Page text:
Grand Theft Auto, Live (Almost) from Liberty City Set in a thinly disguised New York, the latest in the best-selling console-game series stars an Eastern European immigrant caught up in a seedy criminal underworld. Reporter Heather Chaplin played the game with writer-producer Lazlow Jones.
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Grand Theft Auto, Live (Almost) from Liberty City

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Grand Theft Auto, Live (Almost) from Liberty City

Grand Theft Auto, Live (Almost) from Liberty City

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From NPR News, this is ALL THINGS CONSIDERED. I'm Melissa Block.


I'm Robert Siegel.

It has all the hype of a Harry Potter book release plus violence, drug dealing, and carjacking. "Grand Theft Auto IV" comes out today, one of the most highly anticipated videogames ever. Pre-sales are at more than a million copies at $60 each. "Grand Theft Auto" is one of the biggest franchises in the video game business, and it has been mired in controversy because of its R-rated qualities.

Reporter Heather Chaplin played some of the latest "Grand Theft Auto" with one of its creators.

(Soundbite of videogame "Grand Theft Auto IV")

HEATHER CHAPLIN: You play as Niko Bellic. Straight off the boat from an undisclosed Eastern European country, he's been weathered by war, prison, heartbreak. Liberty City is supposed to be your new beginning.

(Soundbite of the videogame "Grand Theft Auto IV")

NIKO BELLIC (Character, "Grand Theft Auto IV"): If is the word for me. I couldn't keep a job.

CHAPLIN: Your cousin Roman lured you to Liberty City with tales of its rich American lifestyle. But it's not long after hopping off the cargo ship that you find yourself in the seedy world of drugs, crime, and loneliness.

(Soundbite of sirens blaring)

CHAPLIN: They call it Liberty City, but it's New York - from the potholes in the Brooklyn-Queens Expressway to the Russian nightclubs of Brighton Beach to the dimsum shops of Chinatown.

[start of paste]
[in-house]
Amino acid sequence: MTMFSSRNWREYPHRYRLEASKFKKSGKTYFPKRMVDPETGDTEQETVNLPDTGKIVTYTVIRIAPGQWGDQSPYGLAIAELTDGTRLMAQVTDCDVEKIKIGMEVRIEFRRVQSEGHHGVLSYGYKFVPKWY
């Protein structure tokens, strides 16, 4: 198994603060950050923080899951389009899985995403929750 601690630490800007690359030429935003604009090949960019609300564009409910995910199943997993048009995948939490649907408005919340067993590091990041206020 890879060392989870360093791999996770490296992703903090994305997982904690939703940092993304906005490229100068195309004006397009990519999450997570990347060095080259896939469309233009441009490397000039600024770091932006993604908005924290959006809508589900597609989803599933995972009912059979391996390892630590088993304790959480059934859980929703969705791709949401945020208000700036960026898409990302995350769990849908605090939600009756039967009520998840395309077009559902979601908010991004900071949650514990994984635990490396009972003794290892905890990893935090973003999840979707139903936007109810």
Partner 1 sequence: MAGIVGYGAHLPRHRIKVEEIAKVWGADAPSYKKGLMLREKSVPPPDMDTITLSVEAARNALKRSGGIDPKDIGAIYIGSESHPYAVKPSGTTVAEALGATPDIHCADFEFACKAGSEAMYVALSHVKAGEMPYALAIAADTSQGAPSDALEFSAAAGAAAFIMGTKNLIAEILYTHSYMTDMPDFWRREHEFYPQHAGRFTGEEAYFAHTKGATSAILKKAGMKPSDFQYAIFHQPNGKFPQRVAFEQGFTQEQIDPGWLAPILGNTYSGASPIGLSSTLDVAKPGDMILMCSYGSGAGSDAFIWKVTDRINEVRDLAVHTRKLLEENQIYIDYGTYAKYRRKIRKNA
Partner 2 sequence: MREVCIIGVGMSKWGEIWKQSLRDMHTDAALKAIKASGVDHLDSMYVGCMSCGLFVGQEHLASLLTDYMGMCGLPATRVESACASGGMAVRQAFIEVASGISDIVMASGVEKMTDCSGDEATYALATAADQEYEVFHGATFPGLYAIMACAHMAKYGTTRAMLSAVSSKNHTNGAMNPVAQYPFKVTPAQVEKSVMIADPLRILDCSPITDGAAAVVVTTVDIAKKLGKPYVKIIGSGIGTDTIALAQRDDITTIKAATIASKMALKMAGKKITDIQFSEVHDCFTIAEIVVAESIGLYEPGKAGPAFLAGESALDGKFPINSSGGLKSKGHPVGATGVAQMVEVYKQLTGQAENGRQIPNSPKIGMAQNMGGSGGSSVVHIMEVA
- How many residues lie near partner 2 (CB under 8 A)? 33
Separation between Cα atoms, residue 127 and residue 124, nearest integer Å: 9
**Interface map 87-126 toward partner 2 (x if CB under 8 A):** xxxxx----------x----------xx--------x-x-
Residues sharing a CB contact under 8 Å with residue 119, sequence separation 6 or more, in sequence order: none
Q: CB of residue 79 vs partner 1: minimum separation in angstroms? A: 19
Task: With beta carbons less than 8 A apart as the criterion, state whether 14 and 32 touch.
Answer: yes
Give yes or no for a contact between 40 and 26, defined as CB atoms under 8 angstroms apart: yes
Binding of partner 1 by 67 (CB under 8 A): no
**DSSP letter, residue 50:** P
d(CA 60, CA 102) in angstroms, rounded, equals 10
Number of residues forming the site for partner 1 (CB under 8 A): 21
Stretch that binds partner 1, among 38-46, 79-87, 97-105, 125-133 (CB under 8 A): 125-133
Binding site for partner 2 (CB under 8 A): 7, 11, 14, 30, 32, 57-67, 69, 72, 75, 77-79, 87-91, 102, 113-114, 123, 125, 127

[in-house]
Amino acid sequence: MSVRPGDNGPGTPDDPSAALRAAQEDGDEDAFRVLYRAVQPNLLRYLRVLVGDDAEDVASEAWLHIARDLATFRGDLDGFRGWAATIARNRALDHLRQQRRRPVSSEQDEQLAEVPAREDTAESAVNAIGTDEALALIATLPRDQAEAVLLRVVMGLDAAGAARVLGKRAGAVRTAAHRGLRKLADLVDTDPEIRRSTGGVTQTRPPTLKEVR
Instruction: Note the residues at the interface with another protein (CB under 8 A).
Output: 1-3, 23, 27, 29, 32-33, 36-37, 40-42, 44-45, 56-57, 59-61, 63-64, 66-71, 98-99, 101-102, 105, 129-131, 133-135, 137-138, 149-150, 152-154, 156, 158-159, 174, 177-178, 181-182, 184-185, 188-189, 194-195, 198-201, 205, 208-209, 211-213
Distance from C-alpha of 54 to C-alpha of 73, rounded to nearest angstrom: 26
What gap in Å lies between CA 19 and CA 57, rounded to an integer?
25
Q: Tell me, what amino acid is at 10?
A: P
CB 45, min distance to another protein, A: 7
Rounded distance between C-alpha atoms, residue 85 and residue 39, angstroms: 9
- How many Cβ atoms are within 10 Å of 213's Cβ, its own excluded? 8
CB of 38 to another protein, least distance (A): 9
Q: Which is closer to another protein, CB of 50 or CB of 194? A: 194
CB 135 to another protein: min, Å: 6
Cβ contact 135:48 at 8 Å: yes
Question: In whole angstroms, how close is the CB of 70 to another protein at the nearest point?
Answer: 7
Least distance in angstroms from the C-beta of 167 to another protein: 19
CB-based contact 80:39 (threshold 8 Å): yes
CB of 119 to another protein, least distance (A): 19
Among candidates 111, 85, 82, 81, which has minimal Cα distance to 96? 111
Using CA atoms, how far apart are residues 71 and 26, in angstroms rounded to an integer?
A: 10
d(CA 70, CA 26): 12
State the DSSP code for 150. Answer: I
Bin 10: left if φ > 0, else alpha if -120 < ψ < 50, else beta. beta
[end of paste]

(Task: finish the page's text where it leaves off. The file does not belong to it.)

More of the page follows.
Unidentified Woman: (Speaking in foreign language)

Mr. LAZLOW JONES (Writer/Director, "Grand Theft Auto IV"): See, now, that -I just got into a bit of an altercation with that Asian woman. I believe she cursed me out in Chinese.

CHAPLIN: Lazlow Jones is one of the writers and directors on "Grand Theft Auto." He's playing it in the company's New York offices walking Niko through Chinatown. It took about 200 programmers, researchers, translators, actors, artists, directors and writers four years to create this world.

(Soundbite of videogame "Grand Theft Auto IV")

Unidentified Man #1: I am constantly asked, (unintelligible), when did you discover you were magic?

CHAPLIN: With the Xbox controller in his hand, Jones hops in a helicopter and heads to Times Square where he steals a cab. The terrified passenger jumps out. He cruises down to SoHo before getting back in the helicopter and taking a tour of the oil refineries over in Jersey.

(Soundbite of helicopter taking off)

CHAPLIN: What makes "Grand Theft Auto" so vivid is the feeling as a living organism. It feels like, even if you weren't playing, its inhabitants would still be hitting on each other, talking on their cell phones, drinking coffee in Prospect Park.

(Soundbite of videogame "Grand Theft Auto")

Unidentified Man #2: Show some respect.

Mr. JONES: I just bumped into that gentleman and made him drop his coffee. Our Starbucks in the game is called Bean Machine, with All Beams Lovingly Picked by Children in Central America.

CHAPLIN: Lazlow Jones says satirical detail gives "Grand Theft Auto IV" its bite.

Mr. JONES: It's a satire of not only New York, but American consumerism and culture.